Thursday, September 22, 2016

Book Review [Vibrant Hair by Elaine Destiny Bey]

Positive information is a plus in my book every time, all day. Vibrant Hair: African-American Hair Care, Knowledge and Culture by Elaine Destiny Bey is a tiny little book with a serious mission to educate and inspire those with natural curls and the original man's hair. It is a very brief book for beginners and is more like a pamphlet than a book. It's only 34 pages.

Vibrant Hair is great for those who know nothing about the African hair experience and its evolution through time in the new world. Elaine also includes a few details about hair during American slavery that I had never heard of. It would have been good for her to include the sources from which she received the historical information. There are no references at the end of the book.

The writing is basic and very easy to understand although it does come off a little preachy in some places. There are also areas of repetition in the text that could have been left out. The author does include relevant photographs throughout the book to accent points made in the writing. My favorite part of the book was the natural hair tips at the end of the book. All of them are in alignment with good care for whole body in general. I would recommend this book to anyone working with pre-teen and teenage girls of African descent who need a lesson in loving their own natural hair.

I hope one day there is an updated edition, the book has potential and can be developed as a viable source of modern information to encourage self love and understanding. Vibrant Hair gets 3 ankhs.

K. Akua Gray
September 22, 2016
Houston, TX

Monday, September 19, 2016

Book Review [The Millennial Mentality by Elan Carson]

I like books with impact and The Millennial Mentality by Elan Carson has that from the very beginning. The cover gave me the first impression of being global and the chapter titles gave me the second impression of a fun read with titles like "It's Complicated", "The F-Word" and "I Can't Stand the Rain". However, when I got into the Introduction I kind of felt like someone was shouting at me about something I had nothing to do with and it kind of put me on the defense since I am not a "Gen Yer". short for Generation Y.

With the commitment to read this book, I ventured on into the chapters and had a change of heart by the time I got to Chapter 3 which gave some really good info about student loans that young and old people can benefit from. Chapter 1 and 2 struck me as being silly stuff about dysfunctional relationships and cats, however it did spark my compassion for the lonely.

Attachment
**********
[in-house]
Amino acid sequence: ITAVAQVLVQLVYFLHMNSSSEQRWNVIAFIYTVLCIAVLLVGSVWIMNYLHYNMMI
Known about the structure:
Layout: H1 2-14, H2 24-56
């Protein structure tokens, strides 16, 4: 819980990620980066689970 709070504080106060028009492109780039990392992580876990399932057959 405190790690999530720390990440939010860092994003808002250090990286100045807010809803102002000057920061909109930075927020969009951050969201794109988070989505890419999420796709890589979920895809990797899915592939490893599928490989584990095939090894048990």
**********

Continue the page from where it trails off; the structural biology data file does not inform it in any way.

Now by the time I finished Chapter 4 "Quarter Life Crisis", is where the book began to bring out it's value to the reader. This chapter had the most enlightening information and heartfelt truths that I see in my own children. I loved the part about connecting with nature, and having the freedom to choose in every life situation. I would have to say that chapters 4-6 spoke some profound truths about Generation Y and the current events that touch us all including suicide and helping others through selfless service.

Chapter 7, "All in a Day's Work", is the longest chapter that revealed some interesting concepts about Gen Yers in the workforce and business today. The one problem I had was the author's suggestion for transparency from the company's that they work for. If a company reveals everything to every employee and you have people who are still operating on low levels of emotional immaturity some information can cause tantrum like results that can be unfavorable. And judging from all the baggage the millennial generation are carrying according to the author, tit for tat would be present more than not. The author even expressed this in an earlier section of the chapter where in so many words she said that someone else in the company she worked for got a raise and she didn't, so she quit.

In the later chapters 8-11 Elan touches on some good social issues that still need to harmonized in the American society like feminism, gay rights, race issues, and body image. The final chapters of the book 12-14 seemed like fillers and returned to some silly stuff like Harry Potter and Selfies, but I did find the chapter on gen yer lingo interesting.